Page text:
Dog Bite Prevention: How to Protect Yourself and Your Kids
As the sunny days of summer arrive, more pet owners will be heading outdoors with their dogs. And while most of these pooches are warm and neighborly, it is important to know how to protect yourself and those around you in case a risky situation arises.
To recognize National Dog Bite Prevention Week, the American Kennel Club is working to educate people about how to avoid harmful encounters. Adults should be especially careful to make children aware of how to prevent dog bites.
According to the Centers for Disease Control and Prevention, nearly 400,000 children seek medical attention for dog bites each year, and children are the most frequent victims of dog bites.
The American Kennel Club offers the following tips for kids on how to be safe around dogs:
1. Dogs are territorial creatures by nature and like their own space. If a dog is barking at you while you are in his territory (his yard or car for example) do not try and pet him.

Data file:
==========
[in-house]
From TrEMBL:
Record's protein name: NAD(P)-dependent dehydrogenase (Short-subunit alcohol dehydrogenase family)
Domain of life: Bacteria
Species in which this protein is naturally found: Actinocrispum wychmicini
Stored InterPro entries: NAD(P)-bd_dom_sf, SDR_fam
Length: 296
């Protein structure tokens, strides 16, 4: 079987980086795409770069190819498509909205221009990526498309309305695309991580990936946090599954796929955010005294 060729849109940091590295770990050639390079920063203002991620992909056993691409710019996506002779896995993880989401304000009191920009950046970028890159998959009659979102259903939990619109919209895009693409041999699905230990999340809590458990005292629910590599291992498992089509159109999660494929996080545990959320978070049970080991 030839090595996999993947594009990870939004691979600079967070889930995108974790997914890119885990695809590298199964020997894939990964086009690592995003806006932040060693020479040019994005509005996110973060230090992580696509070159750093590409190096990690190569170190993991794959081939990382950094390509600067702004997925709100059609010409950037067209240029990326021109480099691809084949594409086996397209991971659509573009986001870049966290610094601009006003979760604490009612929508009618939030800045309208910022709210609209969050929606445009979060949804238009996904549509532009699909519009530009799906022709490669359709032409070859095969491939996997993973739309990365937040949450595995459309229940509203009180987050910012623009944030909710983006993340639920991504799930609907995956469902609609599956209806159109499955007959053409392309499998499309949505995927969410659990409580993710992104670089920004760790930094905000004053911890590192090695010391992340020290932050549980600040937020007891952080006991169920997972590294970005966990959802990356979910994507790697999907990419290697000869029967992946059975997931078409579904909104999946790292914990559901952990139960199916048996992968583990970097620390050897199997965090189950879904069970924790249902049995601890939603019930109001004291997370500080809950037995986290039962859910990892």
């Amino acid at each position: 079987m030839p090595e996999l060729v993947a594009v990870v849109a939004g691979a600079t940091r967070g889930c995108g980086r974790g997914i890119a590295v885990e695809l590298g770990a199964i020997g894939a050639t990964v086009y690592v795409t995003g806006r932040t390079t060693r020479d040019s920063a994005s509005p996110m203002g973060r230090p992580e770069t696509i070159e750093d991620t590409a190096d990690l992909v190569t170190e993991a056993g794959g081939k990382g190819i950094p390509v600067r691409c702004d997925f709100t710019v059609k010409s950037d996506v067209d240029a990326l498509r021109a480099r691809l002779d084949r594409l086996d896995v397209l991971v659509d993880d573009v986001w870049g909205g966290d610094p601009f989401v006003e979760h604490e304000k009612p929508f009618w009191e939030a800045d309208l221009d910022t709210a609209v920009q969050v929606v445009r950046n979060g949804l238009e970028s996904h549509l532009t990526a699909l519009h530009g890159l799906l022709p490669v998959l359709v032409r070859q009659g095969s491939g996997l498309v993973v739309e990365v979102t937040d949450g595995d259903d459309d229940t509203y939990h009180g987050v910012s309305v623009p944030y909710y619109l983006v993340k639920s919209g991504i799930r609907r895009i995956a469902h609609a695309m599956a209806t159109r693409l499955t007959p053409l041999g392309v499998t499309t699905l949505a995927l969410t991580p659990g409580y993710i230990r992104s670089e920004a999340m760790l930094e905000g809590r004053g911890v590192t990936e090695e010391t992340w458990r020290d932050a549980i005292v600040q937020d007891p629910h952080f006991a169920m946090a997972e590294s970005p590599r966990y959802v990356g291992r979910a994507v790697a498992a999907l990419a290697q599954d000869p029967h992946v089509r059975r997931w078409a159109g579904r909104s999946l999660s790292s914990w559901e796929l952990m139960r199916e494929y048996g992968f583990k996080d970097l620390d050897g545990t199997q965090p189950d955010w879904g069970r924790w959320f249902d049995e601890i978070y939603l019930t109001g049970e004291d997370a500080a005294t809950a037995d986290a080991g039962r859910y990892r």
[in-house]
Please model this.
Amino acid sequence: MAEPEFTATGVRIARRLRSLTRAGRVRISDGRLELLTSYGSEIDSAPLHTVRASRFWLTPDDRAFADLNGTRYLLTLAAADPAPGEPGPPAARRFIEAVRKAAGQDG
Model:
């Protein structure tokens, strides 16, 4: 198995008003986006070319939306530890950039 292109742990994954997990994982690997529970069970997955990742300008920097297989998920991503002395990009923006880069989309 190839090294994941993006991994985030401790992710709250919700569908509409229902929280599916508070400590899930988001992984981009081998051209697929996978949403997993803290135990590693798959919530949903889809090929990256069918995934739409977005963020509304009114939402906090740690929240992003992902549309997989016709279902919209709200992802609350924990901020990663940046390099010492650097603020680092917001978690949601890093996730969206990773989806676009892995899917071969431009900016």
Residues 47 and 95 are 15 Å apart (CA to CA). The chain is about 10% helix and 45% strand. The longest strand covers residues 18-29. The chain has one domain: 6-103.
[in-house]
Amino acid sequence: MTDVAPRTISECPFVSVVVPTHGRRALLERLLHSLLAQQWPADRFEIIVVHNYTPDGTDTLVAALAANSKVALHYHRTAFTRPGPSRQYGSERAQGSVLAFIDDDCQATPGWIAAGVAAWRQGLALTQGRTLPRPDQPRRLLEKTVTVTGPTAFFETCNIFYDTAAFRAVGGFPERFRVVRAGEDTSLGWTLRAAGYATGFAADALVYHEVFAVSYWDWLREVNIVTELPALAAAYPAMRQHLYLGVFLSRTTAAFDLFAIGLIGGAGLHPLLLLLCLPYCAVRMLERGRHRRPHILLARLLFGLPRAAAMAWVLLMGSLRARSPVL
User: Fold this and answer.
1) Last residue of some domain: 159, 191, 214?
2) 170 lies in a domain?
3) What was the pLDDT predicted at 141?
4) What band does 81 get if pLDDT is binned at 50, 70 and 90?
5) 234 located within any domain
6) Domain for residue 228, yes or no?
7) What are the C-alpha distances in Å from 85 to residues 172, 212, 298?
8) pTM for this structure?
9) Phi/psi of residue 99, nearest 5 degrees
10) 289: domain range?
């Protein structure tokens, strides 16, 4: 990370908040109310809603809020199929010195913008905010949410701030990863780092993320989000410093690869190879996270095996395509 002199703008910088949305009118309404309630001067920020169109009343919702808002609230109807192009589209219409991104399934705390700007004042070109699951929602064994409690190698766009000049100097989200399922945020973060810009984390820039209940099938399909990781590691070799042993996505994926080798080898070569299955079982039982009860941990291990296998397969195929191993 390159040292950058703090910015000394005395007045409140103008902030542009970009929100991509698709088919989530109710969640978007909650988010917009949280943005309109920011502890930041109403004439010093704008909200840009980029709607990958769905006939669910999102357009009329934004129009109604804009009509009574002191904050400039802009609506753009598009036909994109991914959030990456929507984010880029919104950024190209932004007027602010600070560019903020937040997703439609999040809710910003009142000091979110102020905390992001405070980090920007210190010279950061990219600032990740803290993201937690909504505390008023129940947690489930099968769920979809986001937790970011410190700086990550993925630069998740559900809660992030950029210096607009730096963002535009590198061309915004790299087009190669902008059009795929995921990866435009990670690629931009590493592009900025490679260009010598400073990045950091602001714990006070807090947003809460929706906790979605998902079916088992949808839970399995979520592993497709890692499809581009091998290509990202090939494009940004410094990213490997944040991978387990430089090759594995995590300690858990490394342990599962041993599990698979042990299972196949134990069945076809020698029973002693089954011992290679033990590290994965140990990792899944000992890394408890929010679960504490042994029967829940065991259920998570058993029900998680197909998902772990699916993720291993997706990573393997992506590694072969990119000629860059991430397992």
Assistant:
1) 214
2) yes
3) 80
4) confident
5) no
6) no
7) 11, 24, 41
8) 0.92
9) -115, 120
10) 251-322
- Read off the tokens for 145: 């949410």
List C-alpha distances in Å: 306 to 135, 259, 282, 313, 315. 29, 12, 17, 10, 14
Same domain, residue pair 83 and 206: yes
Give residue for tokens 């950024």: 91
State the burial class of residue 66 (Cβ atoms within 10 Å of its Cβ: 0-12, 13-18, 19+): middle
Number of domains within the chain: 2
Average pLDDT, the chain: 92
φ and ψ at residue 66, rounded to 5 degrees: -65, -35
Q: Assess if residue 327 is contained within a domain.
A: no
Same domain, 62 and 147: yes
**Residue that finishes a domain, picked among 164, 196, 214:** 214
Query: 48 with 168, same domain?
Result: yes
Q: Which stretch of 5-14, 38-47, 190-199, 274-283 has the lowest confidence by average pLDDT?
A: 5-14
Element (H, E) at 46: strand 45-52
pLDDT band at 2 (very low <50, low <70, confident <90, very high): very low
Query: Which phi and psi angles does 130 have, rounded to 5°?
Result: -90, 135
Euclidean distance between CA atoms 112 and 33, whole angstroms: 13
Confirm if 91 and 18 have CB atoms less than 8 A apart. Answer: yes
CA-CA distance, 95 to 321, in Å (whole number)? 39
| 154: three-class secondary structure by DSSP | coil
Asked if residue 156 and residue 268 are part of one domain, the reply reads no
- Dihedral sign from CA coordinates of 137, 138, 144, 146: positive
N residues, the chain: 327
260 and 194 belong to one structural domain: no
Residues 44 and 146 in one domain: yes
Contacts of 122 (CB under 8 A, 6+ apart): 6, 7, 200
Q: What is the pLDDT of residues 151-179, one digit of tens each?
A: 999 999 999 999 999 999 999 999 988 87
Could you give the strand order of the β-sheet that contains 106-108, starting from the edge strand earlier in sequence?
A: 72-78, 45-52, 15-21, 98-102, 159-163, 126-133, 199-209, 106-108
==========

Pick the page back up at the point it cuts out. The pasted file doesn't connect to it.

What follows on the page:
2. Always ask a dog’s owner permission to pet the dog before you approach. Approach the dog slowly and let him sniff your hand first, and then pet him under the chin.
3. If you encounter a lost dog, do not run towards or away from him. Be still and back away slowly.
4. Should an unfriendly dog run toward you, stand still with your arms crossed in front of your body. Do not make eye contact with the dog—they take eye contact as a challenge.
5. If you come across a pack of dogs, throw a small object away from you to distract them, and then slowly walk away.
6. Remember it is the deed, not the breed. Do not judge a dog simply by what breed it is. Judge a dog by his actions.
Additional information on safety around dogs can be found on the AKC website at www.akc.org/public_education
Tell us what you think about “National Dog Bite Prevention Week: How to Protect Yourself and Your Kids” below. Send us your story ideas by e-mailing us at firstname.lastname@example.org.
We’ve all grown accustomed to the many fundraisers and charitable events that the pet industry produces for homeless pets. From pet food companies… more ›